More on Madagascar

Madagascar, the world’s fourth largest island, gained independence from France in 1960. Separated from the African mainland for 165 million years, it boasts a unique ecosystem, with many species of plants and animals found nowhere else. Despite its great potential, the country is one of just a handful to have experienced a stagnation in per capita income coupled with a rise in poverty in recent decades. More than 90 percent of its 23 million people live below the international poverty line. Madagascar is ranked 154th out of 188 countries on the 2015 Human Development Index.

Farming, fishing and forestry form the backbone of the Malagasy economy. Agriculture is dominated by rain-fed small-scale subsistence farming. Seven out of 10 smallholder farmers own no more than 1.2 hectares of land. Rice is a staple but, although it is the island’s main crop, Madagascar is a net rice importer. Agricultural production remains low due to a range of factors including limited access to agricultural inputs, credit and markets.

Recent political instability has undermined government institutional capacity, economic growth and development efforts. It has also reduced people's access to basic services and their ability to prevent and recover from frequent shocks. 

Current issues in Madagascar

Madagascar is among the ten countries most vulnerable to natural disasters. A quarter of the population – 5 million people – live in areas highly prone to cyclones, floods or drought. Climate change and environmental degradation exacerbate these risks while the increasing fragility of the ecosystem intensifies vulnerability to shocks and food insecurity. Deforestation has become a major concern: 85 percent of Madagascar’s rainforest has been lost to logging, charcoal-making and slash-and-burn agriculture.

The southern region suffers from recurrent drought, most recently aggravated by the global El Niño weather event.  In September 2016, a joint assessment by the Ministry of Agriculture, the UN Food and Agriculture Organization (FAO) and WFP found that 1.2 million people from the south are food insecure, with 600,000 severely food insecure. 

Madagascar has the world’s fourth highest rate of chronic malnutrition, which affects almost half of all children under 5.   


What the World Food Programme is doing in Madagascar

WFP assists vulnerable people in Madagascar’s southern and south-eastern regions, as well as in poor urban areas of the capital, Antananarivo, and in Tuléar. This is done through a development-oriented Country Programme and a Protracted Relief and Recovery Operation. 

The Country Programme targets 400,000 people and has three main aims: 

  • to provide school meals with the support of the Ministry of National Education. In addition, WFP is helping to develop a national school meals policy and a home-grown school meals programme linked to smallholder farmer production. WFP also provides nutritional education, promotes hygiene in schools and encourages the use of environmentally friendly stoves.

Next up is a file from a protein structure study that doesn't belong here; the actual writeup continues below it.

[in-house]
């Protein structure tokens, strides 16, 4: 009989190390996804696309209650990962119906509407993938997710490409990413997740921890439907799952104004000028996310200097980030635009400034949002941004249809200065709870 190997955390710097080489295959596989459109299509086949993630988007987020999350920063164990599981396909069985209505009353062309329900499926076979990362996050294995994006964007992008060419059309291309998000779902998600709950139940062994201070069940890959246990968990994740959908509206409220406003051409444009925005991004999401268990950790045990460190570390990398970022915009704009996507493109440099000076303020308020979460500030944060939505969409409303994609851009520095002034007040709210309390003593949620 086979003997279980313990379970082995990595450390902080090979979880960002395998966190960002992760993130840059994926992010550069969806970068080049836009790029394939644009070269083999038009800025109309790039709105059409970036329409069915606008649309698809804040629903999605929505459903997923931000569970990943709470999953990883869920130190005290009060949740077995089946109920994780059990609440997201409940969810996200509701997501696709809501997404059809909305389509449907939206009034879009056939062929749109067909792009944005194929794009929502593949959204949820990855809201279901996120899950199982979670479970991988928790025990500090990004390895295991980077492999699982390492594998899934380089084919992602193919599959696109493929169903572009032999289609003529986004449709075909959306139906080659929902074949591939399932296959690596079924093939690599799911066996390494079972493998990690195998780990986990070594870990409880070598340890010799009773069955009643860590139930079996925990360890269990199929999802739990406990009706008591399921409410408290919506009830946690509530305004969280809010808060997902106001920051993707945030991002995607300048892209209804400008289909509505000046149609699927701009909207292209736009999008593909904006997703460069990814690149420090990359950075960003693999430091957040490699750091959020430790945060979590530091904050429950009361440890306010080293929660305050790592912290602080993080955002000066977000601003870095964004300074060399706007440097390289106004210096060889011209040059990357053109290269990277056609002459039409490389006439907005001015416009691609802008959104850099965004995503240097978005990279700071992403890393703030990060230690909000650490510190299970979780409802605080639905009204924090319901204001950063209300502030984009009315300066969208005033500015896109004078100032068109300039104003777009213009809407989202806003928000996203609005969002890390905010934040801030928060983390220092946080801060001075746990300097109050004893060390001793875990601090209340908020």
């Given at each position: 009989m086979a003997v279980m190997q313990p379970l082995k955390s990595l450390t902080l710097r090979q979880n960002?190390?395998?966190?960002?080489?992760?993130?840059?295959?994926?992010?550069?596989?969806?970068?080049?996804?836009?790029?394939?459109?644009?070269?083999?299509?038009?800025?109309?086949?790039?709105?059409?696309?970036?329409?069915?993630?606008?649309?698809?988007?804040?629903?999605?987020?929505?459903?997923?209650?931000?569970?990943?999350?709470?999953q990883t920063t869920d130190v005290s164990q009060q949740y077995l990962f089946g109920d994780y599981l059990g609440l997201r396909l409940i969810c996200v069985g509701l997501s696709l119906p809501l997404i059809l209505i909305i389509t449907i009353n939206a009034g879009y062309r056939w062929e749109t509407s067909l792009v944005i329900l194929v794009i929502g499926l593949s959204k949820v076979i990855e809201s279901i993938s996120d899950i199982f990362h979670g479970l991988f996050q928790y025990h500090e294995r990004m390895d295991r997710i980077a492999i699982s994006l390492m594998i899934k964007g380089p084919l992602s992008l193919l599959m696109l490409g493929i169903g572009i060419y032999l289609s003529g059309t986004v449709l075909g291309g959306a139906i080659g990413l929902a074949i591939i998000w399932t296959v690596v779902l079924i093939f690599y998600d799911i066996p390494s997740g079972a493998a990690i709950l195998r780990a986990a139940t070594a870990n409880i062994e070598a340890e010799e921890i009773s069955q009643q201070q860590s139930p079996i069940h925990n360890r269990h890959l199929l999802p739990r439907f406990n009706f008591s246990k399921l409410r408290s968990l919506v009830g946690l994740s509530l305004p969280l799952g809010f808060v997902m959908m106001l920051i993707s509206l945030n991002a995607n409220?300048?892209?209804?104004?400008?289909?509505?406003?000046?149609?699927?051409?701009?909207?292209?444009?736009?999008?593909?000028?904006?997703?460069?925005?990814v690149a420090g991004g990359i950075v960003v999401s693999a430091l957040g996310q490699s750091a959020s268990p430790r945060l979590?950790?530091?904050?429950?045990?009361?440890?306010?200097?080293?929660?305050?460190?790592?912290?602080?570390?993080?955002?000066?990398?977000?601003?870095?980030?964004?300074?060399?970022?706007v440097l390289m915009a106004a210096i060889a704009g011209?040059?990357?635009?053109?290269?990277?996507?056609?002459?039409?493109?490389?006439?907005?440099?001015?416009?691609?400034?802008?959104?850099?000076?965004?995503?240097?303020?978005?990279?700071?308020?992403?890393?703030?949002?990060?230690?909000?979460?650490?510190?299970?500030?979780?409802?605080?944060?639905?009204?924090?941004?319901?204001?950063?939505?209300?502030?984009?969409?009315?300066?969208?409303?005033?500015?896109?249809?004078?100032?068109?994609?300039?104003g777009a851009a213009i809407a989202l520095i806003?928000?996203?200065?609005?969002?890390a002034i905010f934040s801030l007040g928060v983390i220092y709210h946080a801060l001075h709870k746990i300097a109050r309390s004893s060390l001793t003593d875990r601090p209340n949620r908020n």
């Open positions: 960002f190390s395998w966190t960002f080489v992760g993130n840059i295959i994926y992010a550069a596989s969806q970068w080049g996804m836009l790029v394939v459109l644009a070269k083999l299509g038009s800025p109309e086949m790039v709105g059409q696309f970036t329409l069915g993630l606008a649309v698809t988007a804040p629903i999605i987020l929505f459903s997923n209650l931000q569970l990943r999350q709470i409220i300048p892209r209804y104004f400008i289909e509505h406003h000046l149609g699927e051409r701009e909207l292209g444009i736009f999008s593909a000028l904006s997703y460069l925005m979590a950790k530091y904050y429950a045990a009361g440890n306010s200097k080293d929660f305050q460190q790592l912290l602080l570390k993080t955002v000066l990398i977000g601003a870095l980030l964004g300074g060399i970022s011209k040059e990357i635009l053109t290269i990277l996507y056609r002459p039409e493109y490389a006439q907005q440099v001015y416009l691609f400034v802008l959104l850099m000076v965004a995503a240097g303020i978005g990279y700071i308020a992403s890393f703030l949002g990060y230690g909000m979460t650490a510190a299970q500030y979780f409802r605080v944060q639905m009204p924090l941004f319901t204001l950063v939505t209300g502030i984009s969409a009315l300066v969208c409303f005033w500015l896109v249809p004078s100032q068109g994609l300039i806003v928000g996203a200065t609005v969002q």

• to improve the nutritional status of vulnerable groups by working to prevent acute malnutrition, reduce stunting and extend nutritional support to people suffering from tuberculosis. 
  • to enhance smallholder farmers’ access to markets through local food purchase, and build the capacity of farmers’ associations to improve crop quality.

The Protracted Relief and Recovery Operation provides:

  • relief and early recovery assistance to vulnerable households affected by natural disasters, mainly cyclones and floods; and
  • nutrition assistance to treat moderate acute malnutrition by pre-positioning food in remote and disaster-prone areas ahead of the cyclone season.

Due to the negative impacts of El Nino-amplified drought on the food and nutrition situation in the Deep South of Madagascar, WFP plans to provide relief assistance to 350,000 vulnerable people through food distributions and cash transfers during the prolonged 2016-2017 lean season.

WFP promotes resilience in three main ways: through an assessment of the country’s vulnerability to multiple shocks; facilitation and coordination of seasonal livelihood activities in the most vulnerable districts; and the implementation of community-level planning exercises. 
Strengthening the capacity of Government institutions is one of WFP’s main objectives over coming years.


World Food Programme partners in Madagascar

WFP cannot fight global hunger and poverty alone. These are our partners in Madagascar:

•    ADRA
•    Care International
•    Centre d'Appui aux Communes Avelontika
•    Centre de Service Agricole Mandrare
•    Fikambanan ny Tanora Mijoro (FITAMI)
•    Fikambanana Mpanao Asa Soa Amborovy (FIASA)  
•    Hiara Hampandroso  
•    International Fund for Agricultural Development (IFAD)
•    Lovasoa CCCC (L4C)
•    Mahafaly Mandrodo (MMDS)  
•    MANAO
•    MIARO
•    Ministry of Agriculture
•    Ministry of Economy and Planning
•    Ministry of Education
•    Ministry of Population, Social Protection and Promotion of Women
•    National Office for Nutrition
•    National Office for Disasters and Risk Management
•    TAnora Mandray Andraikitra ho an’ny FAmpandrosoana (TAMAFA)
•    United Nations Food and Agriculture Organization (FAO)


Featured Madagascar publications

Madagascar: WFP Country Brief (PDF, 379 KB)

A Country Brief provides the latest snapshot of the country strategy, operations, operational highlights (achievements and issues/challenges), partnerships and country background.

    Looking for more publications on Madagascar? Visit the Madagascar publications archive.